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Sarah Barbee Lesson Plan 2-Digital Story
Transcript of Sarah Barbee Lesson Plan 2-Digital Story
Port Wentworth Elementary School
Designated ESOL (English Students of Other Languages) School
4 ESOL Students
Standards and Objectives
• ELACC3RL2: Recount stories, including fables, folktales, and myths from diverse cultures; determine the central message, lesson, or moral and explain how it is conveyed through key details in the text.
• ELACC3RL3: Describe characters in a story (e.g., their traits, motivations, or feelings) and explain how their actions contribute to the sequence of events.
• ELACC3RL7: Explain how specific aspects of a text’s illustrations contribute to what is conveyed by the words in a story (e.g., create mood, emphasize aspects of a character or setting).
• ELACC3RL9: Compare and contrast the themes, settings, and plots of stories written by the same author about the same or similar characters
• ELACC3W3: Write narratives to develop real or imagined experiences or events using effective technique, descriptive details, and clear event sequences.
o a. Establish a situation and introduce a narrator and/or characters; organize an event sequence that unfolds naturally.
o b. Use dialogue and descriptions of actions, thoughts, and feelings to develop experiences and events or show the response of characters to situations.
o d. Provide a sense of closure.
• ELACC3W4: With guidance and support from adults, produce writing in which the development and organization are appropriate to task and purpose.
• ELACC3W6: With guidance and support from adults, use technology to produce and publish writing (using keyboarding skills) as well as to interact and collaborate with others.
Main Strategy: Powerpoint/Video followed by activity
Introduce Walt Disney Video- Grasshoper and the Ant
PowerPoint introduced the elements and purpose of the fable as well as Aesop.
Read Tortosie and the Hare togther and complete the first section of "Characteristics of Fable" Assignment
Complete "Characteristics of Fable" activity individually and discuss as class
Use graphic organizer to write/plan their own fable
Create digital story using StoryJumper or Storybird
Present in class
Why Digital Story?
100% of students will be able to explain how illustrations contribute to what is conveyed in a story.
85% of students will be able to compare and contrast at least two of Aesop’s Fables accurately describing the similarities and differences in the themes, settings, and main characters.
85% of students will be able to create their own fable creating their own characters within a story with a clear sequence of events, an ending, and a theme.
With help from the teacher, 90 % of students will be able to create and publish a digital story using a given website.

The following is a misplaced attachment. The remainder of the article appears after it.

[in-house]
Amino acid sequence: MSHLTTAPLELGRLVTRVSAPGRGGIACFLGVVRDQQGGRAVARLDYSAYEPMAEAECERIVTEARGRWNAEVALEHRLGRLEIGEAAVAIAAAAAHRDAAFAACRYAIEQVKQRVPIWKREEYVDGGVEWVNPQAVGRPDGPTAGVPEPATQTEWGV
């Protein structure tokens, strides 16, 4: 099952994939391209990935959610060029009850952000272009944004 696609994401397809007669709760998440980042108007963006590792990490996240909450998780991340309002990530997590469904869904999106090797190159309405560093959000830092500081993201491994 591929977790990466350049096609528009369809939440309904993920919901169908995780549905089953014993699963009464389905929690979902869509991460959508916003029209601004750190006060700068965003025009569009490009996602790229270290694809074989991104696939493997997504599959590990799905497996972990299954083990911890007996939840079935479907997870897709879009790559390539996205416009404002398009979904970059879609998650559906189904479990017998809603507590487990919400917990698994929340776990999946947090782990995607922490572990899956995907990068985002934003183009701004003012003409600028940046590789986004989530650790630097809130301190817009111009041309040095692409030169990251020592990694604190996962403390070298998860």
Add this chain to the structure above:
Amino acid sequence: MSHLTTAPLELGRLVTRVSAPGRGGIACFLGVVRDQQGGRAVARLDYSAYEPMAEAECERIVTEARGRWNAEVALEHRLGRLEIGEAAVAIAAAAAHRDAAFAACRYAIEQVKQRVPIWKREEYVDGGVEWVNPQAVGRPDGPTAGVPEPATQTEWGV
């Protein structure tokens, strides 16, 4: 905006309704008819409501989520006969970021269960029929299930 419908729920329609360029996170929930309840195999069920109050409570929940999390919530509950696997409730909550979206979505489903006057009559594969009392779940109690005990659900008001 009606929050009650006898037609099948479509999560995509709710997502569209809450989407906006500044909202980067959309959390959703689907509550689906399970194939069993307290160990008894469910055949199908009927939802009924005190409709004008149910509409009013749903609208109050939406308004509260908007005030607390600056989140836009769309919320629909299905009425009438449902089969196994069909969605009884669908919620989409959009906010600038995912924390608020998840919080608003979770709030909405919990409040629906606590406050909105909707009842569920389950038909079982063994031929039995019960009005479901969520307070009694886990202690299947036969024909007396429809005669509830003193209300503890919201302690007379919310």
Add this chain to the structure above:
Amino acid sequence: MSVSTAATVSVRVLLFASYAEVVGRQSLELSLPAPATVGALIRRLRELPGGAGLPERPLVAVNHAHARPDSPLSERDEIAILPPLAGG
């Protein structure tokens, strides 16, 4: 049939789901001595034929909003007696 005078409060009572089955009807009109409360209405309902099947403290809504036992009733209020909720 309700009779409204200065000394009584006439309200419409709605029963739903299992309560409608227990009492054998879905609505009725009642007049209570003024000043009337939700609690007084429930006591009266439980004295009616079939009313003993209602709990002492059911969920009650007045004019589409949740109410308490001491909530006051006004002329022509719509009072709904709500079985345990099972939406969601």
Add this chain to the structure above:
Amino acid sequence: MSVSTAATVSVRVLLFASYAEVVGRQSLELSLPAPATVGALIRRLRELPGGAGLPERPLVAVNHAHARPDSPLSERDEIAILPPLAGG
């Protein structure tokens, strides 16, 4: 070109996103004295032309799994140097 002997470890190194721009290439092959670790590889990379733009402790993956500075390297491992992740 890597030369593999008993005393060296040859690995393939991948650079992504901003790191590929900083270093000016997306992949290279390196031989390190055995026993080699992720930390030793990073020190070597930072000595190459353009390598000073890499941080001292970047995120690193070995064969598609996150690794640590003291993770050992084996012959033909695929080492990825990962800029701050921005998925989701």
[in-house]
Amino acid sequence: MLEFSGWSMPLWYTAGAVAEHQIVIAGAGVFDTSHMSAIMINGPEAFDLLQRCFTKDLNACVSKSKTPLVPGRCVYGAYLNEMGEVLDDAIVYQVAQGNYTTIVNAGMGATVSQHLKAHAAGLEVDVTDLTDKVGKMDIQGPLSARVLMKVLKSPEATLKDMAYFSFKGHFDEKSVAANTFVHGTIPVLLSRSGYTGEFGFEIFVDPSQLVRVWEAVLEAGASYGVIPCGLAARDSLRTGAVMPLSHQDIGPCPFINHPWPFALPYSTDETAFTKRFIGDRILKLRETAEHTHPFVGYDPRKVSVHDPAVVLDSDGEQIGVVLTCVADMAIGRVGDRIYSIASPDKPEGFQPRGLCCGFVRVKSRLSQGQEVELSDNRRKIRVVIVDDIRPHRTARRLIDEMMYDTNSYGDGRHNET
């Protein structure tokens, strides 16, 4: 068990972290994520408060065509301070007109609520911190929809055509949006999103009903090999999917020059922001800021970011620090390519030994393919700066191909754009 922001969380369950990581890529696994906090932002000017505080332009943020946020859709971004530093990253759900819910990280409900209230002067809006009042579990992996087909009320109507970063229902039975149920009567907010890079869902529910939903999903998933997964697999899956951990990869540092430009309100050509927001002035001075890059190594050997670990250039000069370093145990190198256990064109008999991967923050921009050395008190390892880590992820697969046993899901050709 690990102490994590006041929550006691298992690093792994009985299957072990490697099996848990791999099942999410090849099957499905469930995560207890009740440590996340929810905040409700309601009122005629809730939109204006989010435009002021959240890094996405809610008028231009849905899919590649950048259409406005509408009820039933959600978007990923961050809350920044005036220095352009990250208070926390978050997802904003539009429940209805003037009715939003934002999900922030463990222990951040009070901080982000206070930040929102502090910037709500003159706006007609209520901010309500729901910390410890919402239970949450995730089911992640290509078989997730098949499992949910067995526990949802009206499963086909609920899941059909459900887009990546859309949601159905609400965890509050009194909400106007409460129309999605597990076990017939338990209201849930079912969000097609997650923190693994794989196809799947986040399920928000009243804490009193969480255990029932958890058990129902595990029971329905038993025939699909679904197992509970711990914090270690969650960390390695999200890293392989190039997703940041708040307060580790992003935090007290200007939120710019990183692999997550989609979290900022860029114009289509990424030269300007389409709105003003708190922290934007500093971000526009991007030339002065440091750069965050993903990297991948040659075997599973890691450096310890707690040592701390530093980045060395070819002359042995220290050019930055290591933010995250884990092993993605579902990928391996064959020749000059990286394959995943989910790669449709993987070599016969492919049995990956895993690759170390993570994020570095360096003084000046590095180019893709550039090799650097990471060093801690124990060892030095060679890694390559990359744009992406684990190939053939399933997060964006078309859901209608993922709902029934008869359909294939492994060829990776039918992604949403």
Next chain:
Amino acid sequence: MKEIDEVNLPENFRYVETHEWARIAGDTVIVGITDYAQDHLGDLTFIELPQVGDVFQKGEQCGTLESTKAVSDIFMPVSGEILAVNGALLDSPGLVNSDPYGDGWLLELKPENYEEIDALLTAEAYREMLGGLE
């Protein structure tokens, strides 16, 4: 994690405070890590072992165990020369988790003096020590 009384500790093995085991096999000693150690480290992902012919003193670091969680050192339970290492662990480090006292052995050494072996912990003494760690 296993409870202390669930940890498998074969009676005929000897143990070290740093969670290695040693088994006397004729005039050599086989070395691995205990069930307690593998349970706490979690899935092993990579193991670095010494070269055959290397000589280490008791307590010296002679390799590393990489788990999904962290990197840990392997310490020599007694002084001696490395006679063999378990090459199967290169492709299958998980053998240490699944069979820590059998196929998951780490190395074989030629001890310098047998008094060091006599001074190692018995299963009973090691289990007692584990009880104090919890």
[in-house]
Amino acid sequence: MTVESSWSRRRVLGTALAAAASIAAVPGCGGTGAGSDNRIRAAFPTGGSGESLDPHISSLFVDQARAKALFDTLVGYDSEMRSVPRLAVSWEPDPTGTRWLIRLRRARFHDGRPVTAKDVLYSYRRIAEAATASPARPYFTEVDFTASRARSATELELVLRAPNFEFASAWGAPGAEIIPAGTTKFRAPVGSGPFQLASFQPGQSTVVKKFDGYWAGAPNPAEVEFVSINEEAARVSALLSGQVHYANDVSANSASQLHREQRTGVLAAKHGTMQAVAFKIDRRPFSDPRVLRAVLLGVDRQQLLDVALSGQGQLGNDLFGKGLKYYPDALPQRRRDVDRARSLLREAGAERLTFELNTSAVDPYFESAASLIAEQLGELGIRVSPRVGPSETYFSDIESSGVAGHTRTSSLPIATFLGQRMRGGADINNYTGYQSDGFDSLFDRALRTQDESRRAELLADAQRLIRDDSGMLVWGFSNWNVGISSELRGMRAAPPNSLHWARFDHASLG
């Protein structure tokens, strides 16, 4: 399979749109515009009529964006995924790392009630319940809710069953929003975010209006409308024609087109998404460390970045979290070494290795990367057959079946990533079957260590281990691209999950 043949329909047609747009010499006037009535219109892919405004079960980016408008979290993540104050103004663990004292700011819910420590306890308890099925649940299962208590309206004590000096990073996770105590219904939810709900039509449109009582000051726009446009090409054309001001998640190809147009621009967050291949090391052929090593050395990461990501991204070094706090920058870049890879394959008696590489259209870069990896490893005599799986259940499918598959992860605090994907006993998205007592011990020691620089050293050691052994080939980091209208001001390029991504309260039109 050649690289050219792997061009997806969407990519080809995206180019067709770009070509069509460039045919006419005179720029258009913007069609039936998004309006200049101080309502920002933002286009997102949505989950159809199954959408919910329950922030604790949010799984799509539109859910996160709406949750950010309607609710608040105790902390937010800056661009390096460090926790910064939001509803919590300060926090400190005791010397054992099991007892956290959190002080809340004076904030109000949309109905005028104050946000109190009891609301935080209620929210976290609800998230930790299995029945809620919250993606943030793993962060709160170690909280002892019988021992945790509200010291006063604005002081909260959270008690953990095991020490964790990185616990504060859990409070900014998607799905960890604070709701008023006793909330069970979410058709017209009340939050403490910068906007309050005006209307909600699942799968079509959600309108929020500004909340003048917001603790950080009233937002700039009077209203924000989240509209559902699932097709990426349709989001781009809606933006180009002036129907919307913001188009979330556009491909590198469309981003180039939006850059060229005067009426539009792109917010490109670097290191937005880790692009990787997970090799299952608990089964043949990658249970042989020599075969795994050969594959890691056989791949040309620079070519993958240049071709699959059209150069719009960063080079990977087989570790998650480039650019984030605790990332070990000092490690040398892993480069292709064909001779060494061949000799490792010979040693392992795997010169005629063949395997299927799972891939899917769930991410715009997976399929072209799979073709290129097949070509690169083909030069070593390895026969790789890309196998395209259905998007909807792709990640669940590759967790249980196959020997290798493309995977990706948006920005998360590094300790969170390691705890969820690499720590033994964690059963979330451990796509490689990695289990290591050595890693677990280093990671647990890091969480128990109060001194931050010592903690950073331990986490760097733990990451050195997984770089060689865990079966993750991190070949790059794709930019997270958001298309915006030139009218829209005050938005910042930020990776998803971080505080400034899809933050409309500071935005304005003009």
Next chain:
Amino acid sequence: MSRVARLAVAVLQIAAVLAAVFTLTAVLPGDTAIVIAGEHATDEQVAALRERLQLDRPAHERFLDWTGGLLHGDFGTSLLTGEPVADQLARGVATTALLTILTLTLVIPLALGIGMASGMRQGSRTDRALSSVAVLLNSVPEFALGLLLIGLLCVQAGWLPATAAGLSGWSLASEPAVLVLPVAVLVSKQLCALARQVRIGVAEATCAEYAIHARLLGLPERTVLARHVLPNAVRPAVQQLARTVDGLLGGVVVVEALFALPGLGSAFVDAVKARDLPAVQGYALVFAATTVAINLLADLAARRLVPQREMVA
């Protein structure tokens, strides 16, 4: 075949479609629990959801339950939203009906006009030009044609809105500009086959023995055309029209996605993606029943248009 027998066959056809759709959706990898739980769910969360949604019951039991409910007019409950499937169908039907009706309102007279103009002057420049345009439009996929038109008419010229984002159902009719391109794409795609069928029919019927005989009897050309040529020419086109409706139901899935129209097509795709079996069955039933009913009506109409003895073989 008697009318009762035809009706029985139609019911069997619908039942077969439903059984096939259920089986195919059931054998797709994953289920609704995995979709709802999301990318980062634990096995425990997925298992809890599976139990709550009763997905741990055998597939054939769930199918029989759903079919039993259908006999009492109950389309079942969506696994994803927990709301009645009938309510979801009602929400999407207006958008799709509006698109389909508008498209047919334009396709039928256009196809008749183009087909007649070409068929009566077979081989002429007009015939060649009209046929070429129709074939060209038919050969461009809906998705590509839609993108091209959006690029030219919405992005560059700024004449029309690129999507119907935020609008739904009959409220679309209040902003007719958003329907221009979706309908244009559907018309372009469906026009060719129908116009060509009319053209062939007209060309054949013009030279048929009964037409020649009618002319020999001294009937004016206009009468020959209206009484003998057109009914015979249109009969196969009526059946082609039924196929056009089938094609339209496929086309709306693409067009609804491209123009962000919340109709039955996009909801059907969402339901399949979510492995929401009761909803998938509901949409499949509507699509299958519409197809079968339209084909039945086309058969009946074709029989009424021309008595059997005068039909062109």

Students who cannot write their stories-95% of students will be able to show characteristics of fable by performing a sketch of their own story or a version of Aesop’s Fables.
"Characteristics of Fables"
Write your own fable and make it a digital story.
Students who are below reading level or ESOL will have the option to recreate one of the stories we read together in class.
If needed there will also be an option for certain students to group up and create a play instead of writing their fable.
The teacher and paraprofessional will watch the EBD student for any cues of an outburst, because creating and publishing a digital story is a difficult and frustrating task that requires patience.
Enhance student comprehension
Engage non-engaged readers
Generates interest and motivation for today's "digital" students
Helps students to develop skills such as communication, researching, idea organization, ask questions and form a narrative.
Encourages collaboration and peer review.
Level of Bloom's: Create
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and learning in the YouTube generation. Middle School Journal, 42(5), 4-9.
EdTechTeacher. (n.d.). Digital Storytelling in the Classroom. Retrieved from http://
Malin, G. (2010). Is it still considered reading? using digital video storytelling to
engage adolescent readers. The Clearing House, 83(4), 121-125.
Robin, B. R. (2008). Digital Storytelling: A Powerful Technology Tool for the 21st
Century Classroom. Theory Into Practice, 47(3), 220-228.
Aesop. (1900). Aesop for Children. Retrieved from Gutenberg: http://www.gutenberg.org/ebooks/19994
Georgia Department of Education. (2011, July 15). 3rd Grade English Language Arts Common Core Georgia Performance Standards (ELACCGPS). Retrieved from Georgia Standards: https://extranet.georgiastandards.org/Common-Core/Common%20Core%20Frameworks/CCGPS_ELA_Grade3_Standards.pdf
Hunter, B. (2013). Fable Writing Mini-Unit. Retrieved from Teachers pay Teachers: https://extranet.georgiastandards.org/Common-Core/Common%20Core%20Frameworks/CCGPS_ELA_Grade3_Standards.pdf
Scholastic. (2013). Folk and Fairy Tale Readers: The Tortosie and the Hare. Retrieved from Scholatic: http://printables.scholastic.com/printables/detail/?id=29459
Story Writing: Fable. (2008, April 27). Retrieved from Rubistar: http://rubistar.4teachers.org/index.php?screen=ShowRubric&rubric_id=1568344&
The Grasshoper and the Ants-A Walt Disney Silly Symphony (1934). [Motion Picture].
Vogel, E. (2013). Fables PowerPoint. Retrieved from Teachers Pay Teachers: http://www.teacherspayteachers.com/Product/Fables-110131
Watkins, G. (2012, September). Characteristics of a Fable. Retrieved from Ginger Snaps Treats for Teachers: http://gingersnapstreatsforteachers.blogspot.com/2012/01/fables-and-lesson-plan-template.html